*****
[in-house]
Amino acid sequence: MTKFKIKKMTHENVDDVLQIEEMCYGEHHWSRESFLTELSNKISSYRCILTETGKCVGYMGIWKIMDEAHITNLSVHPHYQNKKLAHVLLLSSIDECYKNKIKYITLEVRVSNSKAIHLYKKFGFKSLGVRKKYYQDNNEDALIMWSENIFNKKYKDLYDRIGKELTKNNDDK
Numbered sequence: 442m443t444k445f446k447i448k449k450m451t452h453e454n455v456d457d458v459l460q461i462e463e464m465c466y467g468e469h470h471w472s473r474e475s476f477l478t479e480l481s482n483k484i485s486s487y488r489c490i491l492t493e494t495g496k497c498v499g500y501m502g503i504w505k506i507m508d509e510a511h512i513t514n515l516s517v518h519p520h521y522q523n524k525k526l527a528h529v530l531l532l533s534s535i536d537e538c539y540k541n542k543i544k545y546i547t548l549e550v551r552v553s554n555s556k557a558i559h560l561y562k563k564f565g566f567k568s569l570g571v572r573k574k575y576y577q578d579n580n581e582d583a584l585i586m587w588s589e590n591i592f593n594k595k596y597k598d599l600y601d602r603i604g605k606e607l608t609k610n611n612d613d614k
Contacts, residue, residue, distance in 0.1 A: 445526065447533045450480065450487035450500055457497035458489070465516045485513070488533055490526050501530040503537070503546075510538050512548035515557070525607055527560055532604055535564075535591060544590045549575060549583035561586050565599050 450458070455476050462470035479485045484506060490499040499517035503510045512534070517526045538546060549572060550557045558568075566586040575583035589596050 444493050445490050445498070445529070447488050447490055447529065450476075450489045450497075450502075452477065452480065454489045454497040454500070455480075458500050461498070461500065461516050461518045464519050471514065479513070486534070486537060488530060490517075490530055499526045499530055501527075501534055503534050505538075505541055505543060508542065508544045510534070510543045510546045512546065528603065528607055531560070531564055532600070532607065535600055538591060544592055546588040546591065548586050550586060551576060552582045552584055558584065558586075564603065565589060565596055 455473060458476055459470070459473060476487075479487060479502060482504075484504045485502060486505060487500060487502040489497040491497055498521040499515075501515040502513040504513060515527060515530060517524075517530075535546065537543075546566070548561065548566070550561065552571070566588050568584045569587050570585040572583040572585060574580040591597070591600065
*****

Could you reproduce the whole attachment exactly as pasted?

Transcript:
[in-house]
Amino acid sequence: MTKFKIKKMTHENVDDVLQIEEMCYGEHHWSRESFLTELSNKISSYRCILTETGKCVGYMGIWKIMDEAHITNLSVHPHYQNKKLAHVLLLSSIDECYKNKIKYITLEVRVSNSKAIHLYKKFGFKSLGVRKKYYQDNNEDALIMWSENIFNKKYKDLYDRIGKELTKNNDDK
Numbered sequence: 442m443t444k445f446k447i448k449k450m451t452h453e454n455v456d457d458v459l460q461i462e463e464m465c466y467g468e469h470h471w472s473r474e475s476f477l478t479e480l481s482n483k484i485s486s487y488r489c490i491l492t493e494t495g496k497c498v499g500y501m502g503i504w505k506i507m508d509e510a511h512i513t514n515l516s517v518h519p520h521y522q523n524k525k526l527a528h529v530l531l532l533s534s535i536d537e538c539y540k541n542k543i544k545y546i547t548l549e550v551r552v553s554n555s556k557a558i559h560l561y562k563k564f565g566f567k568s569l570g571v572r573k574k575y576y577q578d579n580n581e582d583a584l585i586m587w588s589e590n591i592f593n594k595k596y597k598d599l600y601d602r603i604g605k606e607l608t609k610n611n612d613d614k
Contacts, residue, residue, distance in 0.1 A: 445526065447533045450480065450487035450500055457497035458489070465516045485513070488533055490526050501530040503537070503546075510538050512548035515557070525607055527560055532604055535564075535591060544590045549575060549583035561586050565599050 450458070455476050462470035479485045484506060490499040499517035503510045512534070517526045538546060549572060550557045558568075566586040575583035589596050 444493050445490050445498070445529070447488050447490055447529065450476075450489045450497075450502075452477065452480065454489045454497040454500070455480075458500050461498070461500065461516050461518045464519050471514065479513070486534070486537060488530060490517075490530055499526045499530055501527075501534055503534050505538075505541055505543060508542065508544045510534070510543045510546045512546065528603065528607055531560070531564055532600070532607065535600055538591060544592055546588040546591065548586050550586060551576060552582045552584055558584065558586075564603065565589060565596055 455473060458476055459470070459473060476487075479487060479502060482504075484504045485502060486505060487500060487502040489497040491497055498521040499515075501515040502513040504513060515527060515530060517524075517530075535546065537543075546566070548561065548566070550561065552571070566588050568584045569587050570585040572583040572585060574580040591597070591600065